Diabetes and heart disease are conditions that seem to like each other’s company, but it’s a deleterious relationship that never ends well if allowed to get out of control. When it comes to chronic and acute health conditions, the best form of treatment is prevention, so it’ll come as no surprise that researchers are looking into ways to reduce the risk of developing these conditions. Nutrition is the main method of prevention, and often the best form of treatment when it comes to diabetes and heart disease. The Mediterranean diet is considered one of the first lines of treatment for the above conditions due to the low saturated fat, sugar and processed food content, combined with the high mono and polyunsaturated fats, fibre and fruit and veg. However, it may just be a coincidence, but the Mediterranean diet is mainly eaten in sunny, warm climates where people have a greater exposure to UV light…and therefore vitamin D, which leads me on nicely to a recent study that appears to have found a link to vitamin D and the prevention of diabetes and heart disease in mice. Interesting stuff I think you’ll agree.
What does the research say…
A recent study performed at the Washington University School of Medicine suggest a strong association between vitamin adequacy and prevention of diabetes and heart disease. The theory that vitamin D may reduce inflammation and the onset of inflammatory diseases isn’t new, several empirical studies have suggested this in the past, but recently scientists appear to be able to engineer mice so that they lack vitamin D receptors on key immune cells known as monocytes and macrophages, researchers were able to find links between vitamin D, immune cells and inflammation in arteries (one of the main consequences of diabetes and heart disease).
What were the main findings?
One of the main findings of the study was how the ‘switching off’ of vitamin D receptors on monocytes and macrophages (white blood cells or immune cells) resulted in increased inflammation in the liver and artery walls. The researchers also established that the inability of immune cells (monocytes and macrophages) to bind with vitamin D lead to an increased number of these immune cells entering the lining of arteries and depositing cholesterol. The rise in cholesterol levels in artery walls is what results in artery plaque, as well as encouraging the secretion of inflammatory chemicals that increase the risk of diabetes and heart disease.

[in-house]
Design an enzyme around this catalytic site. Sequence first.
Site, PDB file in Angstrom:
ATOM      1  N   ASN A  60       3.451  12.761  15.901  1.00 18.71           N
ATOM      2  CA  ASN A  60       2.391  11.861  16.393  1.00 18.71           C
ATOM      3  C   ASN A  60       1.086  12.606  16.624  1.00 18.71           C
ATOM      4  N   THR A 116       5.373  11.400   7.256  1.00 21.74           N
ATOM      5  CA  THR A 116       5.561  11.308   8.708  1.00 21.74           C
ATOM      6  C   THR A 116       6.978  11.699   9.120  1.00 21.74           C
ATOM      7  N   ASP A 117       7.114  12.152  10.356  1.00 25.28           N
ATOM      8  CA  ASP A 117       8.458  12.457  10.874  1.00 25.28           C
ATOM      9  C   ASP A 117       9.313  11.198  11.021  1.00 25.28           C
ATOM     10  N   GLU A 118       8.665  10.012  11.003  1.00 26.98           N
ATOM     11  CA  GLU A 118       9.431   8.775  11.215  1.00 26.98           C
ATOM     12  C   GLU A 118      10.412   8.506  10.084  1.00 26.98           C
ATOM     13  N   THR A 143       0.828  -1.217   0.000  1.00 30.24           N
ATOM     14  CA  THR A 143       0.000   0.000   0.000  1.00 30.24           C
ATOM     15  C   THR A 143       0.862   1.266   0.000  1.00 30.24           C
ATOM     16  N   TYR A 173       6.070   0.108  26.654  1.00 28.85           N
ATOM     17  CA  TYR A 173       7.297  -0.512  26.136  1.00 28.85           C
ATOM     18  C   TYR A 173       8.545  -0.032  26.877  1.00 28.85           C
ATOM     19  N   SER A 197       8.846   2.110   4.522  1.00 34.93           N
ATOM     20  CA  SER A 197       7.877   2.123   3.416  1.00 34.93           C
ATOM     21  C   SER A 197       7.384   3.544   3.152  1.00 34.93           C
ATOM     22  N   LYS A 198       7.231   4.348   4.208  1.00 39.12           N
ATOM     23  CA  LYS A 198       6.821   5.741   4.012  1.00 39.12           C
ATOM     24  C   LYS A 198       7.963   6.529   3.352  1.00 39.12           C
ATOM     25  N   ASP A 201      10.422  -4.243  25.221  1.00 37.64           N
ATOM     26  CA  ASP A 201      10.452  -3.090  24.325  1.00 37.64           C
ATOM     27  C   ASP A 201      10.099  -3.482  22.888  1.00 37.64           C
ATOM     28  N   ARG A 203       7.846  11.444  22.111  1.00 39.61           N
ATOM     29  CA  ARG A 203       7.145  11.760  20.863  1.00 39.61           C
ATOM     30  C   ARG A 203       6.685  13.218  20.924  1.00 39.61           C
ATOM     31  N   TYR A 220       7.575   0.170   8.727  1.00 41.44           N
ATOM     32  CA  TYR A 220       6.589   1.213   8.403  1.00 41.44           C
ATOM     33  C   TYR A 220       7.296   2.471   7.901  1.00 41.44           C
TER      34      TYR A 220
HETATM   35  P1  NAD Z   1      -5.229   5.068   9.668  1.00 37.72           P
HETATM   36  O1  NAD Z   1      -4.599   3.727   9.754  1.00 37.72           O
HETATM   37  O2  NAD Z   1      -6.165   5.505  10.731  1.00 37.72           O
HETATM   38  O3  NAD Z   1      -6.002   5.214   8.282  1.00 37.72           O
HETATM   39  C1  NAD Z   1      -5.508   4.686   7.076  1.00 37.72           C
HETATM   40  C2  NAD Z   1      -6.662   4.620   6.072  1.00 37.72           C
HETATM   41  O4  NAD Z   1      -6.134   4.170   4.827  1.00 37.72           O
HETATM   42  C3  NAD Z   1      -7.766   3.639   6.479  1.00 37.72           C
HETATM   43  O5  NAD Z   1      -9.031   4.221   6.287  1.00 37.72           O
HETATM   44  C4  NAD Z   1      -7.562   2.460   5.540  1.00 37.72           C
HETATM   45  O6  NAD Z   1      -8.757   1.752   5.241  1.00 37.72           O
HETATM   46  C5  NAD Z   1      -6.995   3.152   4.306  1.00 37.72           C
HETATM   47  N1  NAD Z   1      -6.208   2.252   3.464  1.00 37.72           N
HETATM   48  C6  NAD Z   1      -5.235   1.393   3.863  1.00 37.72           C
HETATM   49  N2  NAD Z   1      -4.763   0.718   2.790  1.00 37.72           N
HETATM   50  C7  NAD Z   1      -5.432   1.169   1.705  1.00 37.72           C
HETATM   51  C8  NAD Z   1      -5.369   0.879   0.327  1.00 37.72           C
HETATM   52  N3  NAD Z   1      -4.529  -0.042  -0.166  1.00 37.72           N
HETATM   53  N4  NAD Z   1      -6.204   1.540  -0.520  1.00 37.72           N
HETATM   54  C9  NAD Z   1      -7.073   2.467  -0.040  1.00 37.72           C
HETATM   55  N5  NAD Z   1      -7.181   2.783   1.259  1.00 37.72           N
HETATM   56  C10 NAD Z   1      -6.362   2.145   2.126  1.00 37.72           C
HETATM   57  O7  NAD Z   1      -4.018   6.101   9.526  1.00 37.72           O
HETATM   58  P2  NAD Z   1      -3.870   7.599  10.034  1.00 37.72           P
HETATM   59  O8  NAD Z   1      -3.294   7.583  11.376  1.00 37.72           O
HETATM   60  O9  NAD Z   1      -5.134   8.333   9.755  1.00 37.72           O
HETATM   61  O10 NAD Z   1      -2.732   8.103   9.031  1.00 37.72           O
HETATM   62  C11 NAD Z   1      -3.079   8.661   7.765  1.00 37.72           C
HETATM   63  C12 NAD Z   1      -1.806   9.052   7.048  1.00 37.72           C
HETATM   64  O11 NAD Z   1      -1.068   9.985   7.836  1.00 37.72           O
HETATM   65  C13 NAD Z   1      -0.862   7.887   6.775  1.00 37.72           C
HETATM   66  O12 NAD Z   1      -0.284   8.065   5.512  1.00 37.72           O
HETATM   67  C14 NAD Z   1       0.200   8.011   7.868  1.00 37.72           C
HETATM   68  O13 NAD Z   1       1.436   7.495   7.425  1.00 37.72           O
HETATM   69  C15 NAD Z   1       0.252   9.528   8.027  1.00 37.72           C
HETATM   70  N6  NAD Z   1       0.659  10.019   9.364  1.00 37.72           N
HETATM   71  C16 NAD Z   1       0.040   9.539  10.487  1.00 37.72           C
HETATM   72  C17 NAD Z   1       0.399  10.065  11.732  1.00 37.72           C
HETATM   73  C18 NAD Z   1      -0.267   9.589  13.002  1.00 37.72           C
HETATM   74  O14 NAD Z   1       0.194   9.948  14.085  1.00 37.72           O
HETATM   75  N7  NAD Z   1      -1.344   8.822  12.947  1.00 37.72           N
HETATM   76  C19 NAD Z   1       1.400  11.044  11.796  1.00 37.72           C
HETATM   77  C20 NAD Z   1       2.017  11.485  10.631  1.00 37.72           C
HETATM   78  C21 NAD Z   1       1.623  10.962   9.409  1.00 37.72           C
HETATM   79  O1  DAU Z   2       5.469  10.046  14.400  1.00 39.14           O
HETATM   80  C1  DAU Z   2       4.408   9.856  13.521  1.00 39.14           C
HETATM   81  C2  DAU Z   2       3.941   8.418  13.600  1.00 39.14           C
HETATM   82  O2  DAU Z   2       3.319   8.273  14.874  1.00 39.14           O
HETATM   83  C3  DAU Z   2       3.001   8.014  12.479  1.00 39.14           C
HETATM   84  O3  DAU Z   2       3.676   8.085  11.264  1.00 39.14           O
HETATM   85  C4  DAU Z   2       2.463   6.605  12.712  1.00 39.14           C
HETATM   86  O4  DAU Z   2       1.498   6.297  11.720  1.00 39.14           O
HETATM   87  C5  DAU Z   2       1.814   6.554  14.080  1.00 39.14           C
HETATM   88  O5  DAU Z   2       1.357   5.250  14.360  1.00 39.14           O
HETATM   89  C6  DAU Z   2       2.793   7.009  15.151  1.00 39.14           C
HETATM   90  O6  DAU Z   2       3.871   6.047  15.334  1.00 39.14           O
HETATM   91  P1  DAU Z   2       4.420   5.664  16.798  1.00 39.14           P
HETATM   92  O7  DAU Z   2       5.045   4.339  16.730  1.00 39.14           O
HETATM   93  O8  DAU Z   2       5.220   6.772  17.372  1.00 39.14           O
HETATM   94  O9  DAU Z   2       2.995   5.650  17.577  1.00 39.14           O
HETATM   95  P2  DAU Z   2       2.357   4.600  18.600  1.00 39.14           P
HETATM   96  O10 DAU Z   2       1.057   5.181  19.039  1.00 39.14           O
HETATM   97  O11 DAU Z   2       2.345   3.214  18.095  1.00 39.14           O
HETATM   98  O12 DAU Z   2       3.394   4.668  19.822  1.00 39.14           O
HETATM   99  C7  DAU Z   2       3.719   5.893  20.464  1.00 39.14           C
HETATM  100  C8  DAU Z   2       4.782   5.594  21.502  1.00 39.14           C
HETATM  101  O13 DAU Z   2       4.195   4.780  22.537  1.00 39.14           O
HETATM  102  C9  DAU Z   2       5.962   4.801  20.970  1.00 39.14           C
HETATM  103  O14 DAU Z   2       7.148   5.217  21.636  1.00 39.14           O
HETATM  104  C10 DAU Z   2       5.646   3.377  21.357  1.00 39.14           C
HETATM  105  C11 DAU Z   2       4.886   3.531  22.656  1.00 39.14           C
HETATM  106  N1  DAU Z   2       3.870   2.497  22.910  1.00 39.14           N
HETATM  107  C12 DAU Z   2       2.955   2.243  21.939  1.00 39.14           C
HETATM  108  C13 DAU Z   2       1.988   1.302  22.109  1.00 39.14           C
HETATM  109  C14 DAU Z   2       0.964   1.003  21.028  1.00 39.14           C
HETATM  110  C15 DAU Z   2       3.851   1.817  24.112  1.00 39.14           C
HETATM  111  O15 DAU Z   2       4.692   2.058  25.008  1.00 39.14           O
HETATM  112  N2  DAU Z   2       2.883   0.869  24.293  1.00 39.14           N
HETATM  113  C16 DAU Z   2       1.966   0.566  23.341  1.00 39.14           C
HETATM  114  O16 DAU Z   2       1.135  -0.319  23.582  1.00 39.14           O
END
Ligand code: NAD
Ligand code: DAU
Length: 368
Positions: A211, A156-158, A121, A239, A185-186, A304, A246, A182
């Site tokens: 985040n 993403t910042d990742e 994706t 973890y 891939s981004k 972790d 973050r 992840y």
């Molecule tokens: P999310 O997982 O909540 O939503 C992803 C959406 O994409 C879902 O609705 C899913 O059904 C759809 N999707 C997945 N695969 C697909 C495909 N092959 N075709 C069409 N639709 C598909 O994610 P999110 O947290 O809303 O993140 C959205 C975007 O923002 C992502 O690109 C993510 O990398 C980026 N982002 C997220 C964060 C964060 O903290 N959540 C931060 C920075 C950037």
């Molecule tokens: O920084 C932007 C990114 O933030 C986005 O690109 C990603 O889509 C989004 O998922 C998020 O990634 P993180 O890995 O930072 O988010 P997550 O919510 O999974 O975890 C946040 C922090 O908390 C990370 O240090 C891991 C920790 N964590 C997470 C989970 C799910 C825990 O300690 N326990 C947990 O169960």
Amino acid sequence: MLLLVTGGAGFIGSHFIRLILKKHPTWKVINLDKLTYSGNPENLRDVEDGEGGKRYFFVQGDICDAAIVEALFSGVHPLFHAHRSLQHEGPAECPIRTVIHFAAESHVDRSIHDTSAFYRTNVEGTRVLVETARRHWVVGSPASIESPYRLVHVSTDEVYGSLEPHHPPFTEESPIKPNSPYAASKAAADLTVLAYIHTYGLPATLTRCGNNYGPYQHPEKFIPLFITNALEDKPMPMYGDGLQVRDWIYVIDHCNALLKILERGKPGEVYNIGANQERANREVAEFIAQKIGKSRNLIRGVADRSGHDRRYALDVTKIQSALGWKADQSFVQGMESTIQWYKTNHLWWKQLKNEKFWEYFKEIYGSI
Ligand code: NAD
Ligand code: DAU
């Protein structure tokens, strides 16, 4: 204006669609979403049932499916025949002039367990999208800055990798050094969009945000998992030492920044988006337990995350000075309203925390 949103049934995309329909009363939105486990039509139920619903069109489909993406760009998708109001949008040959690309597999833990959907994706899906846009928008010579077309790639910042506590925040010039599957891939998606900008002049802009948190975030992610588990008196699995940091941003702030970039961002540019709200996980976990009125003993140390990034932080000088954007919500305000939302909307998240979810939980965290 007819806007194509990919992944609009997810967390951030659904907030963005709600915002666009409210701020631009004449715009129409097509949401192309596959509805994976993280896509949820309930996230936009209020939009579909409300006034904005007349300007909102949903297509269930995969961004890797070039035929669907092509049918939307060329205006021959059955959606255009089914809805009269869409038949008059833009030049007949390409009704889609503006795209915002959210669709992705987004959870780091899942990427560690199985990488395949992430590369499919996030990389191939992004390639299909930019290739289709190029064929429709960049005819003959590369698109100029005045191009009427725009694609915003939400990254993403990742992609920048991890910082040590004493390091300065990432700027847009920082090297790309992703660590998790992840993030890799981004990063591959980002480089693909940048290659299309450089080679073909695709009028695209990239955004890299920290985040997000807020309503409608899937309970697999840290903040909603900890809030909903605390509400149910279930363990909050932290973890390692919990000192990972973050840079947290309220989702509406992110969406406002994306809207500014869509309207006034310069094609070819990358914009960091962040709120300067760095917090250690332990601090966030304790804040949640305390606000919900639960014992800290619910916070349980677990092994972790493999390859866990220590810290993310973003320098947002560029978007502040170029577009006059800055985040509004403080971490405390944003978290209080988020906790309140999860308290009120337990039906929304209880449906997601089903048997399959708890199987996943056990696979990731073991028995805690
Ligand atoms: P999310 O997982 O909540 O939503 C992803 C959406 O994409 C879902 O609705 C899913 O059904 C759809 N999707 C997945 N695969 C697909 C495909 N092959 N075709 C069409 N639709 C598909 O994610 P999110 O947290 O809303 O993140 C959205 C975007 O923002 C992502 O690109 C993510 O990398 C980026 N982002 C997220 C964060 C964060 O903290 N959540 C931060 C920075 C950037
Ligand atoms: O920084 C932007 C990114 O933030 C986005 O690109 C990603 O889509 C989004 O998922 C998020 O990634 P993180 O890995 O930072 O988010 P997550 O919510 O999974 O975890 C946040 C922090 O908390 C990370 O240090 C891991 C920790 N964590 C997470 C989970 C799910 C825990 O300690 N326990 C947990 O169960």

By ‘turning off’ vitamin D receptors, the white blood cells were unable to bind with vitamin D, which in turn led to a rise in inflammation and depositing of cholesterol in the lining of the artery walls. This finding lends itself nicely to the theory that low vitamin D intakes may increase the risk of inflammation, diabetes and heart disease because of a lack of vitamin D binding with the immune cells (monocytes and macrophages). Without vitamin D, monocytes were able to carry more fat which they inevitably carried to the walls of arteries. Interestingly, researchers suggest that monocytes that don’t carry enough vitamin D also engulf cholesterol and carry it around in the blood stream. This leads to high levels of cholesterol in your blood (a known precursor to heart disease, and a secondary risk of diabetes) which is a known pre-cursor to heart disease.
What this means…
These findings are extremely interesting both for the prevention and treatment of chronic conditions. The findings from this study ultimately suggest that when we are deficient in vitamin D, we run a greater risk of not only LDL cholesterol depositing fatty deposits and OLDL (oxidised low density lipoprotein) into the artery walls… but monocytes laden with fat doing it too! The researchers suggest that this could, and it’s a big could, open doors to potential preventative measurements and treatments for diabetes and heart disease. They explain that the problem may actually be reversible, so mice that had monocytes and macrophages with active vitamin D receptors implanted into them, could in fact reduce inflammation, which in turn lowered blood glucose levels as well as increasing insulin sensitivity.
More research will need to be performed to further validate these findings, but it’s interesting, and promising all the same. You may wish to consider a vitamin D supplement if you feel you may be low in vitamin D because your diet is low in oily fish such as salmon, fresh tuna (not canned), sardines or mackerel, eggs, fortified spreads or cereals, and you don't get much sunlight i.e. you're stuck indoors for large amounts of the day etc.
Jisu Oh, Amy E. Riek, Isra Darwech, Katsuhiko Funai, Jiansu Shao, Kathleen Chin, Oscar L. Sierra, Geert Carmeliet, Richard E. Ostlund Jr., Carlos Bernal-Mizrachi. Deletion of Macrophage Vitamin D Receptor Promotes Insulin Resistance and Monocyte Cholesterol Transport to Accelerate Atherosclerosis in Mice. Cell Reports, 2015 DOI: 10.1016/j.celrep.2015.02.043
Science Daily, (2015). Vitamin D prevents diabetes and clogged arteries in mice. Retrieved 25th March, 2015, from http://www.sciencedaily.com/releases/2015/03/150319123634.htm